Which VAT rate should I charge my German clients?
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In Germany, there are two different VAT rates: 19% is the general rule, but there’s also a reduced rate of 7%. Due to the Corona crisis, the government has temporarily reduced the two rates to 16% and 5% for the second half of 2020. A very small number of services are charged with no VAT at all.
But which rate gets charged where and for what? As with many aspects of German tax law, this is, as our tax consultant Andreas Reichert explained, “definitely too complicated”. A reassuring comment from a professional, to be sure.
Thankfully he has shared with us some tips to ensure you charge the correct VAT rate as a freelancer in Germany.
19% VAT is charged on most invoices
There is one easy rule of thumb, according to Reichert: “For 95% of services it’s clearly 19% VAT. It’s only in a few cases that the reduced rate will be charged.” These are good odds, indeed.
The German Basic Law includes a list of services that should be charged with a reduced VAT rate, but the text is inaccessible to the average German, let alone newcomers. Thankfully registered tax consultants are on hand to interpret the law for us.
“Usually you don’t need to ask a tax advisor what to charge, because in nearly every case it’s 19%,” says Reichert. He says that within the professions that work with reduced VAT rates, you’ll generally hear about it from your network.
When can I charge 7% VAT?
“Then we have some special cases with 7%,” says Reichert. “Like artists, for example. In these cases you need to check the details and that’s when it makes sense to ask a tax advisor.”
Reichert explains that if you are working as an artist, you can generally charge 7% VAT – but there are a handful of artistic services that are charged at 0% VAT. Doctors charge 0% VAT, too.
What makes the difference isn’t your job title (“doctor” or “artist”) but the specific services you provide.
“It’s also possible that it’s mixed,” he continues. “Let’s say two of my clients are working as public speakers. Some of their services are taxed at 19% and others at 7%. It depends on what specifically they are doing.”
How to check your VAT rate
If you’re still unsure which VAT rate to charge on your invoices, your network can’t provide the answers you need or you’re still too new in Germany to know who to ask, it’s probably time to contact your local tax office (Finanzamt) to clarify your VAT rate – you can find the contact details and opening hours on your city’s Finanzamt info page, like this one. The Finanzamt is legally obligated to offer you free advice.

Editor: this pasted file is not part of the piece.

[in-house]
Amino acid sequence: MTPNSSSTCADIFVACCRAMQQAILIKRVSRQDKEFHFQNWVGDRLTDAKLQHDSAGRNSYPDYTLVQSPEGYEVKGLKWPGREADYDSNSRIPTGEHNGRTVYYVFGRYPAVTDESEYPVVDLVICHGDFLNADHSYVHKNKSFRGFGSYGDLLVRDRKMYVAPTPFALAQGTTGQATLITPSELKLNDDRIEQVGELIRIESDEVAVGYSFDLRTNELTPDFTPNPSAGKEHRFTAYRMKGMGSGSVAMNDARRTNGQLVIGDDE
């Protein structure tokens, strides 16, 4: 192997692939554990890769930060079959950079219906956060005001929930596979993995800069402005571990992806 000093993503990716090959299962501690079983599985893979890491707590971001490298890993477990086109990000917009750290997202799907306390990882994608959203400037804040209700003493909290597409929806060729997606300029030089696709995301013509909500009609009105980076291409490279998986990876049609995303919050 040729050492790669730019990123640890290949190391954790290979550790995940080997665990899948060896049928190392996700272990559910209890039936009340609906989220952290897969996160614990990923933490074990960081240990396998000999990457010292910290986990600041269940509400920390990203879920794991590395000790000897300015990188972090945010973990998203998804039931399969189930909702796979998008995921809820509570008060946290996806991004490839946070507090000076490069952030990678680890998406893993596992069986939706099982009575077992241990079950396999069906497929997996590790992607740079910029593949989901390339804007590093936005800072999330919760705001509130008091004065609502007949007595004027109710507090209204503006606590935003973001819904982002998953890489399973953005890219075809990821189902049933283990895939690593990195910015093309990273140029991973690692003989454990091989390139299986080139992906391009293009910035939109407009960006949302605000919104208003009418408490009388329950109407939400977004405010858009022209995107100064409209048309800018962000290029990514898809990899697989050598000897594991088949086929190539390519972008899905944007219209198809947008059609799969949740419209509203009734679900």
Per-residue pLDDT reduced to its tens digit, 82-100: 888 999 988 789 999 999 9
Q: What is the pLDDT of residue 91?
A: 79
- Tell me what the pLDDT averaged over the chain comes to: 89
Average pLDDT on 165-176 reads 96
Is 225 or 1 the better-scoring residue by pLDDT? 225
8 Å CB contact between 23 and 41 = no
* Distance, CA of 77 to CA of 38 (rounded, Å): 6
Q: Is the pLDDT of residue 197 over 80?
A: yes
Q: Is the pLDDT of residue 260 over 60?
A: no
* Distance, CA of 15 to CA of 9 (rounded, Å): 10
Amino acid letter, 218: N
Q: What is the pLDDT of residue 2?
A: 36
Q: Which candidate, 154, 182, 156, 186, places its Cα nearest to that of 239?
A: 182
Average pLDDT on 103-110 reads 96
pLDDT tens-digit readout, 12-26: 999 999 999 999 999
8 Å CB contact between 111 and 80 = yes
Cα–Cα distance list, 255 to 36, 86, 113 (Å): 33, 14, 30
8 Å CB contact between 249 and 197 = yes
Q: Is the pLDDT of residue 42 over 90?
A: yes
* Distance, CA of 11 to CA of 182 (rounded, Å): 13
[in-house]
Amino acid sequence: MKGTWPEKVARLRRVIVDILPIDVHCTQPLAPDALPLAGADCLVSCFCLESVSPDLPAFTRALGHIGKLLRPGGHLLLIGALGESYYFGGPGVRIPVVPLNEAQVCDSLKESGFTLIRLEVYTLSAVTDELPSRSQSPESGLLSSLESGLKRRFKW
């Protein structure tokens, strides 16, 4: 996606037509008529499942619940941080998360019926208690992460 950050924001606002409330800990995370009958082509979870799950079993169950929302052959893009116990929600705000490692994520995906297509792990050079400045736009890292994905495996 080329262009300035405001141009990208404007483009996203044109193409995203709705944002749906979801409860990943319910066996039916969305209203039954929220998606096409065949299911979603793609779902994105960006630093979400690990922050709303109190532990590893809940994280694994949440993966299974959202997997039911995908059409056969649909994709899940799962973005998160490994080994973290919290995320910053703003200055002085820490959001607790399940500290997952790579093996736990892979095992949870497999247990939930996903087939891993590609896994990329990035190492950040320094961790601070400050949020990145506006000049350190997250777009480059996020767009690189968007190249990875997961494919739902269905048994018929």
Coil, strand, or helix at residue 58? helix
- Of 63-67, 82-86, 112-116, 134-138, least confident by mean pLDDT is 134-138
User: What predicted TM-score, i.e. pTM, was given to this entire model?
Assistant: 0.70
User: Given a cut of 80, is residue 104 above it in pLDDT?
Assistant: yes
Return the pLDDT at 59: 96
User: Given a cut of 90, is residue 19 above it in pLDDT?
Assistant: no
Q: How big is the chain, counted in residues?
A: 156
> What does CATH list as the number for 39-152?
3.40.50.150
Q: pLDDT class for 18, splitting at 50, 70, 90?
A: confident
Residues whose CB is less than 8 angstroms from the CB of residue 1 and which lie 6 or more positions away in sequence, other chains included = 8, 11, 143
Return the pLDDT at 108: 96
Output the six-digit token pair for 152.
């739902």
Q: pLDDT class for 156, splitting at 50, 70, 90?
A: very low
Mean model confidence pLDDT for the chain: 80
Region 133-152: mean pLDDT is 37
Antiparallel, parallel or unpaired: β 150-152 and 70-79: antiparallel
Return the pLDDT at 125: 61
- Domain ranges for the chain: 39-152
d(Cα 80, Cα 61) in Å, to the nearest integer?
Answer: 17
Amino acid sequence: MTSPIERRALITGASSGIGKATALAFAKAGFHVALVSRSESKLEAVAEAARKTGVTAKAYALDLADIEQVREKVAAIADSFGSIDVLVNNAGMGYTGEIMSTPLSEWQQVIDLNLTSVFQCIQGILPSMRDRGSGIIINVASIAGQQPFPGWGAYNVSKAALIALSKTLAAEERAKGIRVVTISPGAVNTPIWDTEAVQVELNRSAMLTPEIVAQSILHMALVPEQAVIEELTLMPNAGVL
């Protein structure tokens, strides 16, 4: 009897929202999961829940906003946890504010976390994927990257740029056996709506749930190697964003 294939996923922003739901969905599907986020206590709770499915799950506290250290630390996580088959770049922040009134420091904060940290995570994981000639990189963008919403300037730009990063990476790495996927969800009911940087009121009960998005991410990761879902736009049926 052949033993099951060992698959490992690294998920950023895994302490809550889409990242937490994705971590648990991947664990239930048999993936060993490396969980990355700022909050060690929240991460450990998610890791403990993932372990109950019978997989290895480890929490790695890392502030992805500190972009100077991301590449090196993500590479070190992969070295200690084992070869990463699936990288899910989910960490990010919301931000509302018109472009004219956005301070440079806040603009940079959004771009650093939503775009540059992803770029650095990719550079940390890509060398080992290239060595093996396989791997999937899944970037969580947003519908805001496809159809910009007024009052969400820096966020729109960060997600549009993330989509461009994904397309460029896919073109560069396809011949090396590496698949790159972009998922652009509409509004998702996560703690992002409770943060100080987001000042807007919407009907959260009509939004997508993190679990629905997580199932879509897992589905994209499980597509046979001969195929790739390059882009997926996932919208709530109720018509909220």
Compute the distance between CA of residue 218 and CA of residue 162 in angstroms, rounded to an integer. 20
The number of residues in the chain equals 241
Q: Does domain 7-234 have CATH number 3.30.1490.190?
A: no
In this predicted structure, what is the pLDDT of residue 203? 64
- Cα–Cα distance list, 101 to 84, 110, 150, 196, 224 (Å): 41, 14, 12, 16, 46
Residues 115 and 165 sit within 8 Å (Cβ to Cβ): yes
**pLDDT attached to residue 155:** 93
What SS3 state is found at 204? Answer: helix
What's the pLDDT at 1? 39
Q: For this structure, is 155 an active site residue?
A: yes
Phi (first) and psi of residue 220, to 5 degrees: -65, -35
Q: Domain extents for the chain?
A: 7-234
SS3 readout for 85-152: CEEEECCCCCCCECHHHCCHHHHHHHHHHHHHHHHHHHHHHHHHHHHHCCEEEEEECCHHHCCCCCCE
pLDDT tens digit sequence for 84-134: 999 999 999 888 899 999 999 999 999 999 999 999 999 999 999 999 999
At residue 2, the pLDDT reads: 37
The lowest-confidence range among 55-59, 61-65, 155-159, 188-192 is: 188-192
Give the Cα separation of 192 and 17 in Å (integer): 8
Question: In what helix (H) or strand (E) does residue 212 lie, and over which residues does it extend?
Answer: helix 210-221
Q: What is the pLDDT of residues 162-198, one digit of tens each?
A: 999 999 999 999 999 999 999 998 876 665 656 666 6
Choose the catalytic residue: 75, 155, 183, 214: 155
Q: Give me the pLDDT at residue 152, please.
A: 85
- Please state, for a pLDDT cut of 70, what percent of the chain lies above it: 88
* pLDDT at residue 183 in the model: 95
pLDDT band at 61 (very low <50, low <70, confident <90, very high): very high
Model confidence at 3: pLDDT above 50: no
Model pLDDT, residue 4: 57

Reichert recommends contacting them in writing rather than visiting in person, in order to have your VAT rate clarified in writing. However, “this can take some time, so it might be better to ask a tax advisor.” Accountable can help you find a certified tax consultant.
What happens if you charge the wrong VAT rate
If you charge the wrong VAT rate to your clients, there are a couple of possible scenarios.
“If all your clients are companies, then it doesn’t really matter,” says Reichert. “If you charge someone 19%, but you actually should have charged them 7%, it doesn’t make a difference as long as the client can deduct it from their own VAT return.”
Because VAT is a cost passed through businesses to the end-user, then as long as your client is a business or organization charging VAT itself, this won’t be such a hassle for them.
In any case, charging 19% VAT with help keep you covered. “If your client received an invoice from you with 19%, and this is wrong, then the Finanzamt could adjust it so they only pay 7%,” explains Reichert. Ideally, you would avoid these administrative errors, but in this case, all that would happen would be that your client would get a small refund from the tax office.
Where things get trickier is if you are not charging enough VAT.
“If the Finanzamt audits you and they say you should have charged 19%, rather than 7%, then you’ll have to pay the 12% to the Finanzamt,” says Reichert. “In most cases it’s not possible to go back to your client and change the invoice.” This would have you paying out of your own pocket.
“In those cases, it’s better to clarify at the beginning,” he says.
Quick tips for the correct VAT rate
Here are Andreas Reichert’s quick tips for ensuring you charge the correct VAT rate:
- Check with colleagues to see what they’re charging for the same services
- Clarify with the Finanzamt or a tax consultant if you are unsure
- If all else fails, charge 19% VAT to err on the side of caution
- Only charge a reduced VAT rate if you are very certain it matches the services you provide